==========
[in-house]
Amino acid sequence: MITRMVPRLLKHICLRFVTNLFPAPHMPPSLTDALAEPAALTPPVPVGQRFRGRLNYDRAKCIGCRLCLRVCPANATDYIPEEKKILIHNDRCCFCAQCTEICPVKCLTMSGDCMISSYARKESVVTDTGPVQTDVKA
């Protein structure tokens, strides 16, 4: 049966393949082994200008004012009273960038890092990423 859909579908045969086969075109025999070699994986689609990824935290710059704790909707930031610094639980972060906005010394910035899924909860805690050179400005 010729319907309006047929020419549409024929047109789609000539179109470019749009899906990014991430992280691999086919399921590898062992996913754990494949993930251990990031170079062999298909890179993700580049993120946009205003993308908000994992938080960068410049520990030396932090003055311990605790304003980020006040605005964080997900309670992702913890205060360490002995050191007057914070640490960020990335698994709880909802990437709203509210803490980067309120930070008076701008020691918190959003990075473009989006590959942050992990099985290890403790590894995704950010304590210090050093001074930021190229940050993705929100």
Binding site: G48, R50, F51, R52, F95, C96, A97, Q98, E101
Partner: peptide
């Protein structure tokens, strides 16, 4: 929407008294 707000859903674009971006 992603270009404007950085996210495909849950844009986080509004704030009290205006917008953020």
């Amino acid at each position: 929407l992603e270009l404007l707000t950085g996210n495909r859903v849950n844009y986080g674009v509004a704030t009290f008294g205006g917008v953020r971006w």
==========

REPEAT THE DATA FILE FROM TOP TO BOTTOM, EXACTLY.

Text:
[in-house]
Amino acid sequence: MITRMVPRLLKHICLRFVTNLFPAPHMPPSLTDALAEPAALTPPVPVGQRFRGRLNYDRAKCIGCRLCLRVCPANATDYIPEEKKILIHNDRCCFCAQCTEICPVKCLTMSGDCMISSYARKESVVTDTGPVQTDVKA
């Protein structure tokens, strides 16, 4: 049966393949082994200008004012009273960038890092990423 859909579908045969086969075109025999070699994986689609990824935290710059704790909707930031610094639980972060906005010394910035899924909860805690050179400005 010729319907309006047929020419549409024929047109789609000539179109470019749009899906990014991430992280691999086919399921590898062992996913754990494949993930251990990031170079062999298909890179993700580049993120946009205003993308908000994992938080960068410049520990030396932090003055311990605790304003980020006040605005964080997900309670992702913890205060360490002995050191007057914070640490960020990335698994709880909802990437709203509210803490980067309120930070008076701008020691918190959003990075473009989006590959942050992990099985290890403790590894995704950010304590210090050093001074930021190229940050993705929100």
Binding site: G48, R50, F51, R52, F95, C96, A97, Q98, E101
Partner: peptide
């Protein structure tokens, strides 16, 4: 929407008294 707000859903674009971006 992603270009404007950085996210495909849950844009986080509004704030009290205006917008953020």
């Amino acid at each position: 929407l992603e270009l404007l707000t950085g996210n495909r859903v849950n844009y986080g674009v509004a704030t009290f008294g205006g917008v953020r971006w």